The New Newgate Calendar

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In 18657 Henry Mayhew wrote that that there were 8,600 prostitutes in London who were ‘known to the police’ (others suggested that in total... read more »
Actor Lytton Grey, on the right in this image, was married to one of my ancestors; and attended her 18-year-old sister’s illegal marriage (©... read more »
Silent Witness is one of my favourite TV shows and I’m currently enjoying series 21, which is airing in the UK. Although I have to cover my eyes... read more »
In January 1856 the Crimean War was nearly at an end. The battle of Balaklava (25/10/1854) and Inkerman (25/1/1855) had both taken place and as Austria... read more »
From the London Gazetteer and New Daily Advertiser, Feb. 2, 1767. An Account of the CRUELTIES, exercised by JOHN WILLIAMSON on his wife, whereby she left... read more »
(Thanks to Meaghan Good of the Charley Project for the guest post. -ed.) Shortly after midnight on this date in 1884, a mob of masked men dragged Michael... read more »
PC 45S was making his way down Brewer Street in central London at six in the morning when he heard a cry of ‘murder’ from inside one of the... read more »
From the New Orleans Times-Picayune, Jan. 18, 1890: CLINTON, La., Jan. 17. — [Special.] — At 1:15 this afternoon the witnesses summoned by... read more »
Coverage of the case from the Sheffield Evening Telegraph made explicit the unlikelihood of the perpetrator being found On 17 January 1920, Mrs Frances... read more »
In the Victorian period the ornamental lake in St James’ Park was occasionally turned into an impromptu  skating rink. There are reports of... read more »
Colonial Massachusetts sailor Bryan Sheehen culminated a life of warped relations with the opposite sex at his hanging on this date in 1772. According... read more »
Jewish immigrants on Petticoat lane, by George Eastman House The newspaper reports of the late Victorian police courts offer us a window into a past society.... read more »
Villainous blacks, and MORE VILLAINOUS WHITES who have reduced to the level of the beasts of the field these unhappy Africans — and are now obliged... read more »
Today living with someone you are not married to is almost as normal as being wed. There is no stigma attached to unmarried cohabitation and similarly... read more »
Speaker John T Smith (photo via Bucks FHS) A quick heads-up for those of you in or near Buckinghamshire: this Saturday (20 January) will see John T Smith... read more »
(Thanks to Meaghan Good of the Charley Project for the guest post. -ed.) On this date in 1792, sailor John Philips was hanged in Dublin, Ireland after... read more »
The reports of the Victorian police courts reveal much about society in the 1800s. Some of this is very familiar to us and we can imagine ourselves in... read more »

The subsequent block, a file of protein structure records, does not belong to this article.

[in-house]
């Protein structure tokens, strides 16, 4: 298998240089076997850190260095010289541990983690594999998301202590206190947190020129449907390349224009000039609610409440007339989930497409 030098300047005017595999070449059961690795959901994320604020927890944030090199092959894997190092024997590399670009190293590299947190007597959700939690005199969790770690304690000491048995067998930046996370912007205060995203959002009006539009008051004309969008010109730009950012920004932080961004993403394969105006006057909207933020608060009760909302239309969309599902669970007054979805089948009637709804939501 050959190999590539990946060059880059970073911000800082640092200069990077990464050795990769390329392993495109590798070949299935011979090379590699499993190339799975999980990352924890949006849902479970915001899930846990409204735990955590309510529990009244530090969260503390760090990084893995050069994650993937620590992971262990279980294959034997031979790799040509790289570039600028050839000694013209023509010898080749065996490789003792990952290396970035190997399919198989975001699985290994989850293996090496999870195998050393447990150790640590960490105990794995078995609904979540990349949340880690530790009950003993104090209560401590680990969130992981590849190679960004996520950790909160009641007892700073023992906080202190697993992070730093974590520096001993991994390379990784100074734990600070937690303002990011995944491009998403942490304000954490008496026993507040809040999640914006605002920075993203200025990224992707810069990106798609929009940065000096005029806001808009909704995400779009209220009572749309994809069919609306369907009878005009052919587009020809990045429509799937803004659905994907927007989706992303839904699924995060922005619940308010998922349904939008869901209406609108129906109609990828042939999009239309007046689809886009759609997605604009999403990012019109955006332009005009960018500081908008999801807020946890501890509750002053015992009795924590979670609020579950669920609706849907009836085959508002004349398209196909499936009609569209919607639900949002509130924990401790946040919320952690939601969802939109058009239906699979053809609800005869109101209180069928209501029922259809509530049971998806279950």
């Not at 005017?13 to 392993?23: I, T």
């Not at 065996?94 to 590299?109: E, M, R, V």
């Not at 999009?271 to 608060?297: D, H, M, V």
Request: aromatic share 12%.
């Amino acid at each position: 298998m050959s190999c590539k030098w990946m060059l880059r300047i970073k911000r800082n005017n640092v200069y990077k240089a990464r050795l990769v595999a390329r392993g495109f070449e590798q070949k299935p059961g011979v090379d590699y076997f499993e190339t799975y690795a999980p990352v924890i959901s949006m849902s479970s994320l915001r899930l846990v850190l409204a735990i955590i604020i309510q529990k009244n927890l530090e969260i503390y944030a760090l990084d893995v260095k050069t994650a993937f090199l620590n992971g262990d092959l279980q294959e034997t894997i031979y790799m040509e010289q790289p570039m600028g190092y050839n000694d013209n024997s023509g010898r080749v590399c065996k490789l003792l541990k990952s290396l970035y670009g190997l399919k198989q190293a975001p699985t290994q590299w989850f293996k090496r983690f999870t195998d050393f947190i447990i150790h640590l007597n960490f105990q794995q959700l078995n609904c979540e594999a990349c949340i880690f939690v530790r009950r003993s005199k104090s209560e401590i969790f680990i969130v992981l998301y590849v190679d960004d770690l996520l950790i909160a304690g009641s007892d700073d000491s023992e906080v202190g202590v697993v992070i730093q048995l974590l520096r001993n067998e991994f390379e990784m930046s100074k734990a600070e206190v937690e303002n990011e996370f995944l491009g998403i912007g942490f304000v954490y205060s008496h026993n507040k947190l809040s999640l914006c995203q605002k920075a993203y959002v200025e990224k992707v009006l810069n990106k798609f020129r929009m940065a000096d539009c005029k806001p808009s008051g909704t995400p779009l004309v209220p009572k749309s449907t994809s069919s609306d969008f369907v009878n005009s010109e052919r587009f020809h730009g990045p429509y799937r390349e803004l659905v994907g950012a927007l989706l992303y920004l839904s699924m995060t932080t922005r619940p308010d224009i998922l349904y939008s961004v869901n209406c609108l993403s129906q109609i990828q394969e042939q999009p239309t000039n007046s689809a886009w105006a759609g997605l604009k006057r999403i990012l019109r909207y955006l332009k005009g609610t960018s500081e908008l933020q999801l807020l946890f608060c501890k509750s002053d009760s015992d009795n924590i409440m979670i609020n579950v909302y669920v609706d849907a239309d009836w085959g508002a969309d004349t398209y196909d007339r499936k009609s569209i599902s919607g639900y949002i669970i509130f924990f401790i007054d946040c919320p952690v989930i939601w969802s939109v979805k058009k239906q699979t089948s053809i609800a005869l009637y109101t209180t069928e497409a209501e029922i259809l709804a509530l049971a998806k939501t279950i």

On this date in 1400, the Thomas le Despenser was beheaded — as much a lynching as an execution — by a mob at Bristol. “I have to London... read more »
When Isaac Sinclair appeared at Worship Street police court on 12 January 1854 it was his second time in a fortnight. He had been remanded the week before,... read more »
(Thanks to Meaghan Good of the Charley Project for the guest post. -ed.) On January 12, 1949, Margaret Allen was executed by Albert Pierrepoint at Strangeways... read more »
Guest post by Shannon McSheffrey; posted 12 January 2018. In 1430, Henry Ciprian and Roger Bukke, two Augustinian canons, fled from their priory at Waltham,... read more »
Thank you to everyone who has followed the blog over the past 5 years or so. Also thank you to those who have commented, provided additional information... read more »
Today I start my third year classes at the University of Northampton teaching and working with students on a module entitled ‘Crime and Popular Culture... read more »
On this date in 1769, a prolific Swedish burglar named John Martin Andrew went to Tyburn for burgling a Foster Lane jeweler to the tune of seven pair of... read more »
I'm preparing two talks about my shady ancestors for the forthcoming Secret Lives conference. Here are some juicy snippets... read more »
Sometimes I find that the original ‘headline’ is just too tempting not to use. This one, from Lloyd’s Weekly in 1885 sets up a case... read more »
  Alison Eatwell has an easy narrative style which she uses to good effect in this study of early nineteenth-century petitions for clemency,... read more »
Kate Driscoll was a regular in the Clerkenwell Police Court. The 25 year-old book folder* of ‘no fixed abode’ had been sent to prison on numerous... read more »
On this date in 1917 — with the parting cry, “Je demande pardon à la France! Vive la France!” — 18-year-old Grenoble seamstress... read more »
Stagg & Mantle’s store on Leicester Square One of the things that fascinates me whilst reading the reports of the Victorian police courts is... read more »